In Free to Choose, the influential 1980 PBS series written and hosted by Milton Friedman and his economist wife, Rose, there is a short (less than three minutes) sequence that has become legendary. In it, Friedman explains that no single person can manufacture something as simple as a pencil:
When I saw this video on YouTube earlier today, it struck me as resonant of Leonard Read's famous essay, "I, Pencil." Read was the founder of the Foundation for Economic Education (FEE), which was the first free-market think-tank in the United States -- preceding the creation of the Mont Pelerin Society, American Enterprise Institute, Hoover Institution, Heritage Foundation, Cato Institute, and Future of Freedom Foundation.
On FEE's web site, Dr. Friedman gives credit to Read and "I, Pencil" for inspiring that segment from Free to Choose. He wrote in 1996:
Leonard Read's delightful story, “I, Pencil,” has become a classic, and deservedly so. I know of no other piece of literature that so succinctly, persuasively, and effectively illustrates the meaning of both Adam Smith's invisible hand—the possibility of cooperation without coercion—and Friedrich Hayek's emphasis on the importance of dispersed knowledge and the role of the price system in communicating information that “will make the individuals do the desirable things without anyone having to tell them what to do.”
We used Leonard's story in our television show, “Free to Choose,” and in the accompanying book of the same title to illustrate “the power of the market” (the title of both the first segment of the TV show and of chapter one of the book). We summarized the story and then went on to say:
“None of the thousands of persons involved in producing the pencil performed his task because he wanted a pencil. Some among them never saw a pencil and would not know what it is for. Each saw his work as a way to get the goods and services he wanted—goods and services we produced in order to get the pencil we wanted. Every time we go to the store and buy a pencil, we are exchanging a little bit of our services for the infinitesimal amount of services that each of the thousands contributed toward producing the pencil.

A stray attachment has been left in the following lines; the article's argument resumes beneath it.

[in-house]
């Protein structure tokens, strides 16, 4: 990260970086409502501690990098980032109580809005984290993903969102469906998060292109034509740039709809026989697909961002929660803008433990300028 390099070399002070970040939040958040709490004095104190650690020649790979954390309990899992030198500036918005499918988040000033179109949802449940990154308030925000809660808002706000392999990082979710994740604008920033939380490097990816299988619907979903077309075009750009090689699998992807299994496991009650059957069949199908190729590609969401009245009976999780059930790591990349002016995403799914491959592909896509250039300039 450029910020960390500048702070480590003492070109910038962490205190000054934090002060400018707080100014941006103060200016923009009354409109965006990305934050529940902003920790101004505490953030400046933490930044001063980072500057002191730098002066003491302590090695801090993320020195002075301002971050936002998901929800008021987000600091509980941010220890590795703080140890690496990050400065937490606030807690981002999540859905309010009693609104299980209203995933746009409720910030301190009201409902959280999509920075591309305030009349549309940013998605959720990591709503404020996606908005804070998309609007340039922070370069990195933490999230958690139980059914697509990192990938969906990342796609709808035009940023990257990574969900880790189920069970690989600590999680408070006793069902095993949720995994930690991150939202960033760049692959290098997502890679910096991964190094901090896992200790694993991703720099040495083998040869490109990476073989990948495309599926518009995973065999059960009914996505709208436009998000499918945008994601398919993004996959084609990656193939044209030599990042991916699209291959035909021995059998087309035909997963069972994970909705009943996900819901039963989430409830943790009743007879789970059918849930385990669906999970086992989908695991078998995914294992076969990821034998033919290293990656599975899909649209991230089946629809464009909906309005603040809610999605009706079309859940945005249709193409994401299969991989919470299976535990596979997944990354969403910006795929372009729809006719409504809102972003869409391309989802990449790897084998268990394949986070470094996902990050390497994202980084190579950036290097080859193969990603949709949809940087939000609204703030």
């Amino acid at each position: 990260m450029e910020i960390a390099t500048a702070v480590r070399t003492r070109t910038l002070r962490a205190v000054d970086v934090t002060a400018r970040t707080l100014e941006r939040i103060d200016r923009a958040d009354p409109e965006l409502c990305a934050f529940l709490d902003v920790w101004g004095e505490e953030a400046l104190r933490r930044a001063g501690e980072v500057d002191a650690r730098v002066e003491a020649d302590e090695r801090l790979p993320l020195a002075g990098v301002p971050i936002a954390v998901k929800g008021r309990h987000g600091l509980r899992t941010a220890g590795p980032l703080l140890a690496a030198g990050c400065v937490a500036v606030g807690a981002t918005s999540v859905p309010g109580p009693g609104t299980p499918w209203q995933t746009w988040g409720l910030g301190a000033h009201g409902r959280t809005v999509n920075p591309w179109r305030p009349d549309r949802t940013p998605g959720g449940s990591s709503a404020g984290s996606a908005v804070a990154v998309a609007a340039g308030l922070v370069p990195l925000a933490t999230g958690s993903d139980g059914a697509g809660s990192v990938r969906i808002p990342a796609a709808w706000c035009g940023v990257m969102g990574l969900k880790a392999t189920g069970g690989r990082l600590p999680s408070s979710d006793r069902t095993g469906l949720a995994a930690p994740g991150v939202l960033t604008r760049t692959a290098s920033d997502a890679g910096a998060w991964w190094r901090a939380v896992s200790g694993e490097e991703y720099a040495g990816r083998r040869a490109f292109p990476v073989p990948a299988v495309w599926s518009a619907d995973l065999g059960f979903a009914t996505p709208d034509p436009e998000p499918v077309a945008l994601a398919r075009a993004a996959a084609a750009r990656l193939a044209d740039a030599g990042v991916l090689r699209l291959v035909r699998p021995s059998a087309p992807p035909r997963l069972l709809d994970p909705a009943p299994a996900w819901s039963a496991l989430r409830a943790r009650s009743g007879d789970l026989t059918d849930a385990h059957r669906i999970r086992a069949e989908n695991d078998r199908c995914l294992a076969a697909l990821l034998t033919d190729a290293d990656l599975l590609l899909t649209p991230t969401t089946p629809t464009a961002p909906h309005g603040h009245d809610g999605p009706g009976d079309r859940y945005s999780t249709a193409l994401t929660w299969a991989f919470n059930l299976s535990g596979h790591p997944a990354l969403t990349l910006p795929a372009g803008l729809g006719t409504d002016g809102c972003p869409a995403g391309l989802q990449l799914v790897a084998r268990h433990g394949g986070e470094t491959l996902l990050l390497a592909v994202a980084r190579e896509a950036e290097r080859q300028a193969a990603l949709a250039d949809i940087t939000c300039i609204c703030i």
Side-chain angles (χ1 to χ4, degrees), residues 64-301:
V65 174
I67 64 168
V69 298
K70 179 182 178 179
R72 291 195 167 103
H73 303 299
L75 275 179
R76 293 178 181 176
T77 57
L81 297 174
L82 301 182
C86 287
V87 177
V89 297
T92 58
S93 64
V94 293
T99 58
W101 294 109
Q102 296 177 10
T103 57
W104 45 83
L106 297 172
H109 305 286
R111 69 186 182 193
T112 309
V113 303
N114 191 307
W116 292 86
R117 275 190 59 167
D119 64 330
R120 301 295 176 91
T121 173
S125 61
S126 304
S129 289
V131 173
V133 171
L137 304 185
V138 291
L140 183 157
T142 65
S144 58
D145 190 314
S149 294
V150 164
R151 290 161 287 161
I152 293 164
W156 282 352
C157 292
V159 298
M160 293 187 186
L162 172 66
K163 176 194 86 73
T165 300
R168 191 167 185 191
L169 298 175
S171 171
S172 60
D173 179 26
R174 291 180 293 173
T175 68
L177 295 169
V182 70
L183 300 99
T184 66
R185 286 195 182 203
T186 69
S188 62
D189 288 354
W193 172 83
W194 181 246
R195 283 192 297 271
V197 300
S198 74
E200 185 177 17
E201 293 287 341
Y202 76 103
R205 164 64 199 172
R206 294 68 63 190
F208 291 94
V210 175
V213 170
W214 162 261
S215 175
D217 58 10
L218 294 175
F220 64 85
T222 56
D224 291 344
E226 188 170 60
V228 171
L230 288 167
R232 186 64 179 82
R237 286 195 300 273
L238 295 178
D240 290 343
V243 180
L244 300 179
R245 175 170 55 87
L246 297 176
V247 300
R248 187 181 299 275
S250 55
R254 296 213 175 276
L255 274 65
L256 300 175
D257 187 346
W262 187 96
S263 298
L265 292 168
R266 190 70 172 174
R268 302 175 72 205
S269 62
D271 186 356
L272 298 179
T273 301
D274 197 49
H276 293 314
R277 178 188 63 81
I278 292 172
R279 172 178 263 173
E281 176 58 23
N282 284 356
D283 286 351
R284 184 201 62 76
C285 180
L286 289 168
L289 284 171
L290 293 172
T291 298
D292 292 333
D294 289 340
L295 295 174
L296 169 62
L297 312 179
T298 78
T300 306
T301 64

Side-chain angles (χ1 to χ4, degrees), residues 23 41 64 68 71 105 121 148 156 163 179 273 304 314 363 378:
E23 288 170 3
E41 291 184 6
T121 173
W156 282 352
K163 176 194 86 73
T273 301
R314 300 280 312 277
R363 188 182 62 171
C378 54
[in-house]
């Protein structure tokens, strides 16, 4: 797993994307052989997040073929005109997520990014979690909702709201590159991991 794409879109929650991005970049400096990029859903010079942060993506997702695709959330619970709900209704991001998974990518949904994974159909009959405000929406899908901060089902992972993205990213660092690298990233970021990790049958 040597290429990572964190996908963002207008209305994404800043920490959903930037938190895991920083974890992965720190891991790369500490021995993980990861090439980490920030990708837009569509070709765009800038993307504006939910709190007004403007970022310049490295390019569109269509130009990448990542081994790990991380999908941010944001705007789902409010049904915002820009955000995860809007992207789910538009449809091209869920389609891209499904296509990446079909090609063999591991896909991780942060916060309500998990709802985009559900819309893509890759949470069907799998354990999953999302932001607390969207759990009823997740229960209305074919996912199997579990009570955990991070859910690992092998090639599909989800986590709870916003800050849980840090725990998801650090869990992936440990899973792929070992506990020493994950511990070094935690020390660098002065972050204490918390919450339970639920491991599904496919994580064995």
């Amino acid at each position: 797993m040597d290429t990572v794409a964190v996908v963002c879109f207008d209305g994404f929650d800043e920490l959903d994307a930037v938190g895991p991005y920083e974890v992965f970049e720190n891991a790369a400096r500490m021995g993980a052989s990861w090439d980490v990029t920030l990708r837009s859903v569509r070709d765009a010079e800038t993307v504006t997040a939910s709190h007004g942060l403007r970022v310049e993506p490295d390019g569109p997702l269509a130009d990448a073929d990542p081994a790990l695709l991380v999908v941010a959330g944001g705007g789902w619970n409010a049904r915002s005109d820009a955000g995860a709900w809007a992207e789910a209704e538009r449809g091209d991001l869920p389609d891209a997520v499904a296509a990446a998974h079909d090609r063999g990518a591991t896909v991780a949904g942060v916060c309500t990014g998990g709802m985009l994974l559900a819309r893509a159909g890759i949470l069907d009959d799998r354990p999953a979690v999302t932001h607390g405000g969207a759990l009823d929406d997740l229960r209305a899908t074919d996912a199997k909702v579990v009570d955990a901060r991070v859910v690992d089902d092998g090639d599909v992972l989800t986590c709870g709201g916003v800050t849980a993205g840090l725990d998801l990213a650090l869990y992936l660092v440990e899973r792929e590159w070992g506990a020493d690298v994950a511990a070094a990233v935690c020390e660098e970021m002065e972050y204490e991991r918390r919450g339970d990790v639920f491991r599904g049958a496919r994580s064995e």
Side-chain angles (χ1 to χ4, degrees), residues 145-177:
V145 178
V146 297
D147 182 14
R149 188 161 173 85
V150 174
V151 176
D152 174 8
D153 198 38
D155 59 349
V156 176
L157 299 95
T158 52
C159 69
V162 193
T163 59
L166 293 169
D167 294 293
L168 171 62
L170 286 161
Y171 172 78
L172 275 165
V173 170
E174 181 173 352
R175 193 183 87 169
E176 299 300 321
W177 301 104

“It is even more astounding that the pencil was ever produced. No one sitting in a central office gave orders to these thousands of people. No military police enforced the orders that were not given. These people live in many lands, speak different languages, practice different religions, may even hate one another—yet none of these differences prevented them from cooperating to produce a pencil. How did it happen? Adam Smith gave us the answer two hundred years ago.”
“I, Pencil” is a typical Leonard Read product: imaginative, simple yet subtle, breathing the love of freedom that imbued everything Leonard wrote or did. As in the rest of his work, he was not trying to tell people what to do or how to conduct themselves. He was simply trying to enhance individuals' understanding of themselves and of the system they live in.
That was his basic credo and one that he stuck to consistently during his long period of service to the public—not public service in the sense of government service. Whatever the pressure, he stuck to his guns, refusing to compromise his principles. That was why he was so effective in keeping alive, in the early days, and then spreading the basic idea that human freedom required private property, free competition, and severely limited government.
If "I, Pencil" is not required reading in high school economics classes, then Milton Friedman's 3-minute summary of it should be shown to students in its place. In just a few words, he explains how and why the worldwide market works, why cooperation is better than autarky, and why freedom is better than centralized planning.